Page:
Raynaud's phenomenon is a condition that is characterized by the contraction of blood vessels in the extremities (fingers and toes). Raynaud's disease, the most common form of the disorder, is defined by episodic attacks that cause small blood vessels to constrict. Although there is no cure for the condition, treatment typically focuses on reducing the number and severity of attacks, as well as preventing tissue damage and loss.
Raynaud's phenomenon is a condition that affects the blood vessels in the fingers, toes, ears, and nose. The most common form of Raynaud's phenomenon, Raynaud's disease, is characterized by episodic attacks, called vasospastic attacks, that cause the blood vessels in the digits (fingers and toes) to constrict (narrow). Raynaud's phenomenon can occur on its own, or it can be secondary to another condition, such as scleroderma or lupus.
Although estimates vary, recent surveys show that Raynaud's phenomenon may affect 5 to 10 percent of the general population in the United States. Women are more likely than men to have the disorder. Raynaud's phenomenon appears to be more common in people who live in colder climates. However, people with Raynaud's who live in milder climates may have more attacks during periods of colder weather.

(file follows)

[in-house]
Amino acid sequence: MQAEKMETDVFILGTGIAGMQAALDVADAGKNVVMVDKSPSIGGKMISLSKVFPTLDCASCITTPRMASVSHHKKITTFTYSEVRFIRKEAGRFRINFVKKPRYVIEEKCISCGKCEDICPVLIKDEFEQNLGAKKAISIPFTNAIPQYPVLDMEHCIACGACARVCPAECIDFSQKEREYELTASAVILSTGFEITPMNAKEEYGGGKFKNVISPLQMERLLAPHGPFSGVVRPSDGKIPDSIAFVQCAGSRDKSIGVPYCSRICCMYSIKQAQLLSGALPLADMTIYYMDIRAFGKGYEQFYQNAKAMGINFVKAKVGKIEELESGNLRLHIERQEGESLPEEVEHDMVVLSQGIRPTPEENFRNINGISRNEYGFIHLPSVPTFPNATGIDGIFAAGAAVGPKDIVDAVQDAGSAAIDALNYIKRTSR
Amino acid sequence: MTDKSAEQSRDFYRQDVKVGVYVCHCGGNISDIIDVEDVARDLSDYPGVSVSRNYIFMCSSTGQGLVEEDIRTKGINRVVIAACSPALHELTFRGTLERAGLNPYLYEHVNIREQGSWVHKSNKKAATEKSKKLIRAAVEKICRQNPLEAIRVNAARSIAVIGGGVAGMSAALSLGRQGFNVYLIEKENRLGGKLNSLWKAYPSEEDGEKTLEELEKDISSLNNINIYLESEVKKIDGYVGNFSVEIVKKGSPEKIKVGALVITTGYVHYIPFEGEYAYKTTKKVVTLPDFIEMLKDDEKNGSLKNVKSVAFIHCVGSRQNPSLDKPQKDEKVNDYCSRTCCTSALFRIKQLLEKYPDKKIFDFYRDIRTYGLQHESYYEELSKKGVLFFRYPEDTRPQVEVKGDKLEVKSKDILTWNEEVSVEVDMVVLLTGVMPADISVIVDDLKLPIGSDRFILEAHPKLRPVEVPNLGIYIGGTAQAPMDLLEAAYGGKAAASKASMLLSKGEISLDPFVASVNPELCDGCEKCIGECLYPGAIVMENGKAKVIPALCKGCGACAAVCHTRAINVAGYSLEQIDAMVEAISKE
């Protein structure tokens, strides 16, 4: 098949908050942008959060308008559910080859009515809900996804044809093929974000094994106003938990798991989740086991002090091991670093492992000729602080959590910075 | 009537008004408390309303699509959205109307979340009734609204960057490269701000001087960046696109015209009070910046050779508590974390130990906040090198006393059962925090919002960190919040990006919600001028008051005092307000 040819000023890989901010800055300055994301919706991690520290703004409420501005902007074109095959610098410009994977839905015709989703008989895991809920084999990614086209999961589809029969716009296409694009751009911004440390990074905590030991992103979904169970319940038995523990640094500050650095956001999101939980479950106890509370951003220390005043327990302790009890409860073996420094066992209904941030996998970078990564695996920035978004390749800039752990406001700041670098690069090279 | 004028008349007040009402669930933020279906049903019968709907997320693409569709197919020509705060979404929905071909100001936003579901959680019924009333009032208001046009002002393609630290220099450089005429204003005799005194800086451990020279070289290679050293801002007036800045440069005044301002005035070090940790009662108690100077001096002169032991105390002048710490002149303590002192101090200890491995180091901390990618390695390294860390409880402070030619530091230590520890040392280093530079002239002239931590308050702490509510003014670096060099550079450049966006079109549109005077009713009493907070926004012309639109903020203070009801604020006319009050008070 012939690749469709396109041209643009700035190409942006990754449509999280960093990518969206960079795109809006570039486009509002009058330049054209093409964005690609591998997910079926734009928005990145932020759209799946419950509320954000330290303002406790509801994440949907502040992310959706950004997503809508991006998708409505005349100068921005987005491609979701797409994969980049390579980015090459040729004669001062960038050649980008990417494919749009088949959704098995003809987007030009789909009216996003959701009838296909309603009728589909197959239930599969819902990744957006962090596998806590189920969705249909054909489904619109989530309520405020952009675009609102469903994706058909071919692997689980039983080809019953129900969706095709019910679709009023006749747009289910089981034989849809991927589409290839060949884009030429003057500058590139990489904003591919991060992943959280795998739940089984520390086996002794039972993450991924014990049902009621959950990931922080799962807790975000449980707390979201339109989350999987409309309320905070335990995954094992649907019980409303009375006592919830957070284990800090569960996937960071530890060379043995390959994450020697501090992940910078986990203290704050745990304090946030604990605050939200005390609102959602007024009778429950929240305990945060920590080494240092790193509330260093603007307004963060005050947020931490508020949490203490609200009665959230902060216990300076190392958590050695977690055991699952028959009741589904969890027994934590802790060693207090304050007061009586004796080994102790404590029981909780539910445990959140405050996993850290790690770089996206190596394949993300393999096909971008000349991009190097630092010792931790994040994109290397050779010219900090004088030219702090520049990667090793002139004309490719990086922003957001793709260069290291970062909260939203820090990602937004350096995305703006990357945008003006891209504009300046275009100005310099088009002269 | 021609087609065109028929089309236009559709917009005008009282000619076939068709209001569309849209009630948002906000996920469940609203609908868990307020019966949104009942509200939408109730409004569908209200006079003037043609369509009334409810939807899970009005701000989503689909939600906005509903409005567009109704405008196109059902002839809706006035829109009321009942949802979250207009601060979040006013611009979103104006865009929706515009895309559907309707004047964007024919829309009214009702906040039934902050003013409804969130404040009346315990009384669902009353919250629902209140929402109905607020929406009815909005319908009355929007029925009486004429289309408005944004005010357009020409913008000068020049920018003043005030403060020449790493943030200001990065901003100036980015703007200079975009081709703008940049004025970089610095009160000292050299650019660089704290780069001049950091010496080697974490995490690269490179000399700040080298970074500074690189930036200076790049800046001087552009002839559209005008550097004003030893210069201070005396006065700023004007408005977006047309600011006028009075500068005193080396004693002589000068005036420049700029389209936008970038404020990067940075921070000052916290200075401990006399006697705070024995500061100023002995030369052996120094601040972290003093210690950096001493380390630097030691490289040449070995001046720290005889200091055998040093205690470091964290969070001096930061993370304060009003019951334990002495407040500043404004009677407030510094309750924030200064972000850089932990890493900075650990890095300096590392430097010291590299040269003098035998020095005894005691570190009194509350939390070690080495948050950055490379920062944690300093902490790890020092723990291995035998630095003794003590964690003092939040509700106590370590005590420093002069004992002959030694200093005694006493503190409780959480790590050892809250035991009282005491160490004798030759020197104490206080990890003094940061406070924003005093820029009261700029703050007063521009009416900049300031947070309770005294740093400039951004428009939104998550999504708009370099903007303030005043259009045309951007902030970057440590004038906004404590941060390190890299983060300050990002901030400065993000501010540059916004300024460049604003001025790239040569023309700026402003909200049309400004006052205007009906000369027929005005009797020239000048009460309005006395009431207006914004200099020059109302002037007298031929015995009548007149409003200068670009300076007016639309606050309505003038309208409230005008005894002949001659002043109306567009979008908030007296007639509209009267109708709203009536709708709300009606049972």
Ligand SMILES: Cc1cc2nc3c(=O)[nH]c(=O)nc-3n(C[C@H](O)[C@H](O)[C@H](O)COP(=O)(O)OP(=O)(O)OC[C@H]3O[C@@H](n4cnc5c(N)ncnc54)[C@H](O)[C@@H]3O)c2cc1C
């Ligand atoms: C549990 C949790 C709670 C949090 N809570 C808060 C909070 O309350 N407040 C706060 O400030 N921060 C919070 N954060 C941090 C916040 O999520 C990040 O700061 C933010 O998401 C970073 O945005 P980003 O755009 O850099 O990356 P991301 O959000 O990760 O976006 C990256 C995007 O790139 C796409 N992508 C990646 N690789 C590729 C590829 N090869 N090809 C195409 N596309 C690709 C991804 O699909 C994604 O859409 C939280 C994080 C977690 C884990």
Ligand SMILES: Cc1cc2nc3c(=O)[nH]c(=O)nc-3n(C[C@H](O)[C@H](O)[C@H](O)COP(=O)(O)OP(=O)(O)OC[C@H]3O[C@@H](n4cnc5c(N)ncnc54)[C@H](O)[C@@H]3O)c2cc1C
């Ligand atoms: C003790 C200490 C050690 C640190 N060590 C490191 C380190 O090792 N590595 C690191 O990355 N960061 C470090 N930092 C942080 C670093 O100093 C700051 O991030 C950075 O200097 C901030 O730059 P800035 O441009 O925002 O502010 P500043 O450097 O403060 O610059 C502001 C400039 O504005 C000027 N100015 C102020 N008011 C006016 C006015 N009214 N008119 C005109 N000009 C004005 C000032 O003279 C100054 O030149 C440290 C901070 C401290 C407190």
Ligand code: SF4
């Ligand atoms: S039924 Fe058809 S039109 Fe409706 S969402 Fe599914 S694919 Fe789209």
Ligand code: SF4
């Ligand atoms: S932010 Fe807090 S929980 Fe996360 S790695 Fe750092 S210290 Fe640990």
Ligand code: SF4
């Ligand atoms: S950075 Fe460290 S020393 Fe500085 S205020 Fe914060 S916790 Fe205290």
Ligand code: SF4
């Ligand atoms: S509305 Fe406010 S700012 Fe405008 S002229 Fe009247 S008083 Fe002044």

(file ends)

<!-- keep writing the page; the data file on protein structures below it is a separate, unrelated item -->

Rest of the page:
Doctors classify Raynaud's phenomenon as either:
- Primary Raynaud's phenomenon
- Secondary Raynaud's phenomenon.
In medical literature, "primary Raynaud's phenomenon" may also be called Raynaud's disease, idiopathic Raynaud's phenomenon, or primary Raynaud's syndrome. The terms "idiopathic" and "primary" both mean that the cause is unknown.
Most people who have Raynaud's phenomenon have the primary form (the milder version).